The fourth case study chapter proves the most challenging for the approach to flexibility that Yos has constructed. It is the result of a series of re-studies of northern Thai villages that had been previously described, since the 1950s, by Western and Thai anthropologists. All are lowland villages and most of them lie in the agricultural heartland of the Chiang Mai valley. A lengthy appendix contains invaluable village summaries and in the chapter itself Yos examines the main dimensions of transformation. The changes are unsurprising: subsistence production has declined in importance; cash crops and fruit orchards are much more common; exchange labour still exists but wage labour is the preferred form of recruitment; many village households have people working in off-farm occupations; and village land has been sold to outsiders. Overall, the market exerts a strong influence and economic calculations are more individualistic, based on profit and loss. Here, a new type of flexibility comes to the fore. These farmers do not appear to be drawing, in any substantial numbers, on contemporary identities that emphasise forests, ethnicity, indigeneity or biodiversity. Their flexibility seems to be much more mundane: “peasant-workers, agricultural wage-laborer, urban peasants, transmigrant peasants, petty-producers and peddlers etc” (140). Yos is clearly open to these alternative forms of peasant identity and this is reflected, for example, in his emphasis on rural-urban penetration, new strategies of livelihood adaptation and the emergence of different “sub-classes” of peasants. But he seems much more ambivalent about this explicitly modernist array of identities than he does about the more traditionalist adaptations of the Lua, the Karen and the bio-diverse rice farmers in Nan:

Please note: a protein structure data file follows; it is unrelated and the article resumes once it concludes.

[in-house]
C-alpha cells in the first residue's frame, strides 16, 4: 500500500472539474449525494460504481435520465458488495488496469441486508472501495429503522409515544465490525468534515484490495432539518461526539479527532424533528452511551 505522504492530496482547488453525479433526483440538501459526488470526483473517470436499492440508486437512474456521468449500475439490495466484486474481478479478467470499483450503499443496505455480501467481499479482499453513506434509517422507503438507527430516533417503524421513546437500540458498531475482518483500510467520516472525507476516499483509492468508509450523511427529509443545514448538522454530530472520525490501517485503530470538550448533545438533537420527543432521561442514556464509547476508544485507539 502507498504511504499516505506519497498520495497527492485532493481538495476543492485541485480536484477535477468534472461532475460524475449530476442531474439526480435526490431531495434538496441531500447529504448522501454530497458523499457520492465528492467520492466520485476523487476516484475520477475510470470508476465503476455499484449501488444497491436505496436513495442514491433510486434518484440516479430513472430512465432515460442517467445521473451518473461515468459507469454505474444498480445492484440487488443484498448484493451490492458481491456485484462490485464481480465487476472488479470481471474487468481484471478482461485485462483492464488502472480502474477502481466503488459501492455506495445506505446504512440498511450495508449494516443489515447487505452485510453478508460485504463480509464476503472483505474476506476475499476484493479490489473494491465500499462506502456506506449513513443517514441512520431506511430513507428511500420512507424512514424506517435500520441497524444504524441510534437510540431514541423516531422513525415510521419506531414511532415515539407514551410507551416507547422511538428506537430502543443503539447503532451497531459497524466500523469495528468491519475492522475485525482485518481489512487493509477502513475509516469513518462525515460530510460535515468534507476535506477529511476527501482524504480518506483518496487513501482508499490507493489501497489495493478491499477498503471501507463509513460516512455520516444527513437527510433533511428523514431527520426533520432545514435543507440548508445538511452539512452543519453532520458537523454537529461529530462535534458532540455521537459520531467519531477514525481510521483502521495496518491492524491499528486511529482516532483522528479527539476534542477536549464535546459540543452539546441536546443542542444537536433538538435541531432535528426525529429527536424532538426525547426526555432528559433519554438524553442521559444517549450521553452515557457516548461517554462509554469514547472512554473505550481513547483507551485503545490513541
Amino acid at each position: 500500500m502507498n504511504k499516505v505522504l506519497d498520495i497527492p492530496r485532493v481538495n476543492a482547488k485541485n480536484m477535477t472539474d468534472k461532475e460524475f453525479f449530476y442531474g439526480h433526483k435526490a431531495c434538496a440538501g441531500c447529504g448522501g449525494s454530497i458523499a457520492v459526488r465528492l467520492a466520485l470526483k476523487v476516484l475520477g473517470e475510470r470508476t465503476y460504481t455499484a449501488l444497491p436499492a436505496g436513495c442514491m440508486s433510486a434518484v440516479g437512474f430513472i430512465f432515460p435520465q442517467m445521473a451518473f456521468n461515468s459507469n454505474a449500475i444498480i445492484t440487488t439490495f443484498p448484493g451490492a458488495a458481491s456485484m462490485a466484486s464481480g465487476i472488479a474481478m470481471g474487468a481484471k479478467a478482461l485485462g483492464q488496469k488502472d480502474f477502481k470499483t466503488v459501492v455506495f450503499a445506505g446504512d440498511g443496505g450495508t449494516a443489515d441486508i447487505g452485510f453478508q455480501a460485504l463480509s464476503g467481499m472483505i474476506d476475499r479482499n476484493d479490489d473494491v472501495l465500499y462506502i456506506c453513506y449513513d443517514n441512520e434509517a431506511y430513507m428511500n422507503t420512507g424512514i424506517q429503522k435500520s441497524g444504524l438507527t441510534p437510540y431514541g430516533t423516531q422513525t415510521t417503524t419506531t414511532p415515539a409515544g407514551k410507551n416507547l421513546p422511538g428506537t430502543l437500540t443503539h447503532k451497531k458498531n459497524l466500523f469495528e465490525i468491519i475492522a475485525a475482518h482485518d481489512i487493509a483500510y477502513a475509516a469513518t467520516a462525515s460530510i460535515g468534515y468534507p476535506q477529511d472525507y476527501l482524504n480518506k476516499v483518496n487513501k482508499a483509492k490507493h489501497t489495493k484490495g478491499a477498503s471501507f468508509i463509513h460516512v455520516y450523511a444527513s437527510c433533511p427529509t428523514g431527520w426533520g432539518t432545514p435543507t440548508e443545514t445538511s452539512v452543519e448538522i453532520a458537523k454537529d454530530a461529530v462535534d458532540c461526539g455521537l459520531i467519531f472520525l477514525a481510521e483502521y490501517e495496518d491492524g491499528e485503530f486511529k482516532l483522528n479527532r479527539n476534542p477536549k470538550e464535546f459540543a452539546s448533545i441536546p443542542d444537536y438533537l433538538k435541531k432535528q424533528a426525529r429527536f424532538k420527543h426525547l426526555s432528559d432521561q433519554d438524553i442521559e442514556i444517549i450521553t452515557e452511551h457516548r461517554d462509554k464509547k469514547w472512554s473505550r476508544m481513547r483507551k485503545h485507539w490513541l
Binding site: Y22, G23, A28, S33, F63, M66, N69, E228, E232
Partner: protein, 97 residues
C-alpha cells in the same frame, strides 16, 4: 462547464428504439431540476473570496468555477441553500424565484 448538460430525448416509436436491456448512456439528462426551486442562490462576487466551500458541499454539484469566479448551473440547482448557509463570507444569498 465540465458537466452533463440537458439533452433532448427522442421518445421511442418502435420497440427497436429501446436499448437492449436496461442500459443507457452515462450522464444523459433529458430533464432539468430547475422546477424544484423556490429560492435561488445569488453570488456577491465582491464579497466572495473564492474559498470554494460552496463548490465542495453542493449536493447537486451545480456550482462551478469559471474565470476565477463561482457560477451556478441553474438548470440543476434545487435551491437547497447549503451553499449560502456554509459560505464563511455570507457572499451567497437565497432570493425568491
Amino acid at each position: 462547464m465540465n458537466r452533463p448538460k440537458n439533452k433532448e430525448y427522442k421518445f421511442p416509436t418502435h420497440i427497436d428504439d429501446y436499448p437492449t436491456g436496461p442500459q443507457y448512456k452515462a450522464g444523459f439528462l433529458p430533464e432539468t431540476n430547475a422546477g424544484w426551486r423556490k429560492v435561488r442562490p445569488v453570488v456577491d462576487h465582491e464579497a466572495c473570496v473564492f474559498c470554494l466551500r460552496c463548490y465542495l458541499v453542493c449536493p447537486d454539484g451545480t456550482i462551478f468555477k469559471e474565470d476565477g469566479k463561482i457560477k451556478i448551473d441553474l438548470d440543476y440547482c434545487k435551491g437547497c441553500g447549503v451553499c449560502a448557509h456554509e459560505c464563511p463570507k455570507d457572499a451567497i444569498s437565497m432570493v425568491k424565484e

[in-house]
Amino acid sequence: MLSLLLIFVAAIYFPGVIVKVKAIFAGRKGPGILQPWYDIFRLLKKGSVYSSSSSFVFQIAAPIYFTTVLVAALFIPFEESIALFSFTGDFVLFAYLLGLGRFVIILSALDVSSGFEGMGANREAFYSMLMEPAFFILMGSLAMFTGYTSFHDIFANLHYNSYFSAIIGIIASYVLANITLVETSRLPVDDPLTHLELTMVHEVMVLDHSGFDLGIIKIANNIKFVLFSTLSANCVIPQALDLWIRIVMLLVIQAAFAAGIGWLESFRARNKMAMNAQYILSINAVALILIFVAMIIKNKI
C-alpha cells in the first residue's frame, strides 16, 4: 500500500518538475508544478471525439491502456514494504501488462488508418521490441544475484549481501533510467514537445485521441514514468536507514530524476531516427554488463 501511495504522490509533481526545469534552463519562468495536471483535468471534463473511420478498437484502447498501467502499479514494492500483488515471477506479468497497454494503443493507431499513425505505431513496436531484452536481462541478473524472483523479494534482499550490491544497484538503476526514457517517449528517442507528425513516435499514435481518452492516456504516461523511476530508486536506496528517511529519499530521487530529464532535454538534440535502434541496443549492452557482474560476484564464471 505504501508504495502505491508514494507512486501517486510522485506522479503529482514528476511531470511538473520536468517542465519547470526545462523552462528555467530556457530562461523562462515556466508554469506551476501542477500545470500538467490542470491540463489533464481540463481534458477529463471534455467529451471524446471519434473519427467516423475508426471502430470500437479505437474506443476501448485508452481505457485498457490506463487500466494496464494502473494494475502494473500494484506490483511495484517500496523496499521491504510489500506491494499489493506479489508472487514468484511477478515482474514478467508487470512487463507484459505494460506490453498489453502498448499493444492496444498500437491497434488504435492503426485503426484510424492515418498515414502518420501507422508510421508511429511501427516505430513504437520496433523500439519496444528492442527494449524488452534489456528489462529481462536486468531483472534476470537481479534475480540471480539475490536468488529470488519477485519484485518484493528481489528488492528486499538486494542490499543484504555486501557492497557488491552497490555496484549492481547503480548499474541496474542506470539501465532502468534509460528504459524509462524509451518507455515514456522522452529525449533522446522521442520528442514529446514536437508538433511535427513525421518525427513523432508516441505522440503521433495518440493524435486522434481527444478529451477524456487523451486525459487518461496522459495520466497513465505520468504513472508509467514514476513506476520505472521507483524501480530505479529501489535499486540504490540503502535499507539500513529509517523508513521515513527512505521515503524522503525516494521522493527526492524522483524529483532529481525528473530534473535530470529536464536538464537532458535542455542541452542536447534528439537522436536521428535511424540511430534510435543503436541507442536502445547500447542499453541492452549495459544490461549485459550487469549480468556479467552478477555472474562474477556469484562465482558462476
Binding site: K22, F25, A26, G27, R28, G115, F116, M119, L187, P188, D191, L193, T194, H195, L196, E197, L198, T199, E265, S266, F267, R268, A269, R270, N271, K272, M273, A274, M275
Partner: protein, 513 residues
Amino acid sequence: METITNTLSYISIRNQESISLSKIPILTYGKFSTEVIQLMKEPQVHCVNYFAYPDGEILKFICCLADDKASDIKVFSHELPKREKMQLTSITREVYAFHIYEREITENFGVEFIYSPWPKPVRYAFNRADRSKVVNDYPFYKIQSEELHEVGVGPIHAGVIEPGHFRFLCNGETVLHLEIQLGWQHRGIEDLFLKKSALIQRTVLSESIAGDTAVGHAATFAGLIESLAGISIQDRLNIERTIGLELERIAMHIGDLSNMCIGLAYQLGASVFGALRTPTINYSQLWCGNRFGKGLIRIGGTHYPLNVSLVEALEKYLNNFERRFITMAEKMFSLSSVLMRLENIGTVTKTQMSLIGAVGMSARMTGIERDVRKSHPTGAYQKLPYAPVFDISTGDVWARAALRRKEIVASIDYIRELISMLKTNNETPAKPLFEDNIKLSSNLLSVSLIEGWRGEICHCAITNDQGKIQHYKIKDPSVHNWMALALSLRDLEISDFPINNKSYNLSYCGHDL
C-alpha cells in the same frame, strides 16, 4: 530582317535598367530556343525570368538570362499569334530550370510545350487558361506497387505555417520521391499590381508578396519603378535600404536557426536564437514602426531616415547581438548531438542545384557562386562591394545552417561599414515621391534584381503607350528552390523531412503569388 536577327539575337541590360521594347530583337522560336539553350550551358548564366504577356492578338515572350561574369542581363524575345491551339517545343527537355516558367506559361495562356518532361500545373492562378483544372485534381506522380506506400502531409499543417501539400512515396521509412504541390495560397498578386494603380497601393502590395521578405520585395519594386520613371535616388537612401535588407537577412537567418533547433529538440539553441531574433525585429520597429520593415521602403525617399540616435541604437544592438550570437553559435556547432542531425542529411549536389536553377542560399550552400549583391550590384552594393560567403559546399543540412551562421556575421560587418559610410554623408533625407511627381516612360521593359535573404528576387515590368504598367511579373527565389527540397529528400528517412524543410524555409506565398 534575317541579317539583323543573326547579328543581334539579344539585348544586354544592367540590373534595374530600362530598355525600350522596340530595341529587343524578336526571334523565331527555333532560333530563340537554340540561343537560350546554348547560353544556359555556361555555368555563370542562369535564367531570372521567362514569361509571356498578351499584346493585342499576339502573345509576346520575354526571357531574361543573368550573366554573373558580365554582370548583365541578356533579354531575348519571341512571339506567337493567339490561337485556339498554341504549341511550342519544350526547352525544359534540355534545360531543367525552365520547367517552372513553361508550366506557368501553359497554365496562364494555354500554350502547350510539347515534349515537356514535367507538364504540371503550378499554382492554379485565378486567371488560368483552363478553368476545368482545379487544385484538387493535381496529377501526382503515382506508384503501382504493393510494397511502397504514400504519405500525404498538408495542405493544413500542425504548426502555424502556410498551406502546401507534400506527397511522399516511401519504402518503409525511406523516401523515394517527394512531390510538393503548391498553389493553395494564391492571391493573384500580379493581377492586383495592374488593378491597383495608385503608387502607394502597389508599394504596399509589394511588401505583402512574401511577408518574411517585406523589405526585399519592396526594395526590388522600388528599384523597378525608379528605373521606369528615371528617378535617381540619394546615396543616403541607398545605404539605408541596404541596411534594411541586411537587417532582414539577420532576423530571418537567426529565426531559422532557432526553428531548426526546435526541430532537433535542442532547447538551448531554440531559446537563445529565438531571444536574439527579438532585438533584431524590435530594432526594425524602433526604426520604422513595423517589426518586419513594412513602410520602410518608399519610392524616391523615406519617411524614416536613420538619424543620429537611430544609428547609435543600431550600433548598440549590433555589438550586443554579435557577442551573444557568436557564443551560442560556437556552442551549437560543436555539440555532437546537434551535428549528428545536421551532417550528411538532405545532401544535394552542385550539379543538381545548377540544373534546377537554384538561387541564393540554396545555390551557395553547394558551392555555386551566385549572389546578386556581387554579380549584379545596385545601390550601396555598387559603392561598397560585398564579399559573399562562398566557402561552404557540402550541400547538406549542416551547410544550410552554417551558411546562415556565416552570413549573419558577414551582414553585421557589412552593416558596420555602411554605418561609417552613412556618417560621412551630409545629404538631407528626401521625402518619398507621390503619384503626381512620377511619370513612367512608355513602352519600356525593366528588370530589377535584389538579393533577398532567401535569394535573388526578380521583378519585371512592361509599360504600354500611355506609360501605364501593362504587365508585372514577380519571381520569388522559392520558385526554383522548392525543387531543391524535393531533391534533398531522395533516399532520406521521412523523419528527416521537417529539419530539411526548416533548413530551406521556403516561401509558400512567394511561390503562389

Throughout the past 40-year period Thai peasants have been coerced into increasing dependence on external political, economic, technological and cultural forces. We are witnessing the emergence of marginal peasants who are flexible, diverse and self-contradictory in identities and social roles. It’s like being both peasants and labourers at the same time – acting as wage labor in the agricultural sector, being urban peasants, international laborers, small-scale traders, hawkers, etc. The Thai peasantry is being caught in the state of “peripheric capitalism” that now propels them into a path of change not dissimilar to that experienced by the peasantry in Western Europe. Far from being idle receptors of capitalist penetration, however, the peasants are fighting back in various forms under varying socio-political conditions and contexts. (141)
So, it seems that forms of flexibility based on wage labour and market engagement are the result of coercion and external pressure. This type of flexibility gives rise to identities that are marginal and contradictory and seemingly unsustainable. Identity that is authentic and autonomous arises out of “fighting back” – it is a product of resistance. But how the peasants in northern Thailand’s rural heartlands are fighting back is not made clear. The reader is left with a sense of a modern peasantry with an incomplete identity; partial peasants stuck between the forest and the capitalist market.